Residential foundation troubles?

Residential foundation troubles?

We get asked quite frequently by homeowners whether it’s a good idea to “water their foundations”.  The short answer is “No”.

Here’s why…

When differential movement is observed in a foundation a number of considerations come into play; what are the prevalent soil conditions in your area?, are there any unique site conditions present?, what is the history of the home?

If you are lucky enough to live in areas of stable and rocky soils (Westlake Hills, Travis Heights, Barton Hills, etc.), foundation movement is far less likely.  In these areas you are more likely to struggle to maintain a healthy garden more so than a stable foundation.

In areas such as east Austin, Pimberton Heights and Tarrytown, these areas have more expansive soil conditions that challenge any foundation system. Many of these homes in central Austin have a longer history and more than likely have experienced remodel and/or additions in the past.  Many times there may be a combination of foundation systems in play (slab on grade as well as pier and beam).  If these are older homes the foundations may not have been “engineered”.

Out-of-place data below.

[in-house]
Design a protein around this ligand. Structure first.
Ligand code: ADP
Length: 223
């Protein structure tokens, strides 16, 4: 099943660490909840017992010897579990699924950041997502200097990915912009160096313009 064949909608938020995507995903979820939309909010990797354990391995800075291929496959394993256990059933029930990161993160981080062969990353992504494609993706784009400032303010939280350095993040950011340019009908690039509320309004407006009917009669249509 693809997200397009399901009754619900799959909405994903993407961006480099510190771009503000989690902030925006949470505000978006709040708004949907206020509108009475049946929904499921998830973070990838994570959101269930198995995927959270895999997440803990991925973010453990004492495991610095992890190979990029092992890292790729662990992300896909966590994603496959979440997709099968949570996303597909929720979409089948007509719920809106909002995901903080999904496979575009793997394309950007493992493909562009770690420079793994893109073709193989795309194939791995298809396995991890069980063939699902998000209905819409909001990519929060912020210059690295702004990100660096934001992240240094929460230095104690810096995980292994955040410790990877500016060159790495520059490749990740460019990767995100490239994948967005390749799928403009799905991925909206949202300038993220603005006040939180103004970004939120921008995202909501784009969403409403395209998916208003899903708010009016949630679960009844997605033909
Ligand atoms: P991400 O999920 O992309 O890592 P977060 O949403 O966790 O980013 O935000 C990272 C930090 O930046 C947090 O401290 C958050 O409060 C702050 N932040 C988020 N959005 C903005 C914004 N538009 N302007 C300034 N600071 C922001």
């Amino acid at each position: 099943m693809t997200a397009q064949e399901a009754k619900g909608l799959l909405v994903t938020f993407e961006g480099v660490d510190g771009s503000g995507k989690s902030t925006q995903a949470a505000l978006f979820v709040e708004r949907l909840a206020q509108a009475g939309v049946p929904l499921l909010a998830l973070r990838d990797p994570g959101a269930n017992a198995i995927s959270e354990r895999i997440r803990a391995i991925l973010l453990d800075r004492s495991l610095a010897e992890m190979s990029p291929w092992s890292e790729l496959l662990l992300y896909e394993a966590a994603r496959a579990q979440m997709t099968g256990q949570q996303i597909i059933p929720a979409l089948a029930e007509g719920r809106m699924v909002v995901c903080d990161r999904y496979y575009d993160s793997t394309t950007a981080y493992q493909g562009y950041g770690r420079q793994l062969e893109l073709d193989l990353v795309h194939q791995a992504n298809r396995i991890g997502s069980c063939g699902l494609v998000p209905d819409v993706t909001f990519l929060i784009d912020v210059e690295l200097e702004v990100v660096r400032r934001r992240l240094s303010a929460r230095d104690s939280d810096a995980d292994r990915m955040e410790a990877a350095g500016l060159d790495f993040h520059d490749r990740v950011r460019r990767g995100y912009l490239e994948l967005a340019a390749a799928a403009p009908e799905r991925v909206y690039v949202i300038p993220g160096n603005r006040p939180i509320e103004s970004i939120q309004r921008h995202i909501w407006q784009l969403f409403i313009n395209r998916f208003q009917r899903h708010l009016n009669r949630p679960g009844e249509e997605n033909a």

When dealing with homes such as these, water is always the problem.  If it never rained, a foundation would never move.  It is the wet/dry cycles that put a foundation into motion.  We always suggest that site management efforts are implemented in order to move water away from the foundation.  Install gutters and extend the downspouts well away from the foundation.  Make sure that water is never allowed to pond against any part of the foundation.  If you are experiencing movement in one area of the house, see what is happening outside your home in this area.

Watering your foundation is not a very “green” solution and wastes an already valuable resource.

So… should you water your house foundation?  No. Keep water away from your foundation because…a dry foundation is a happy foundation.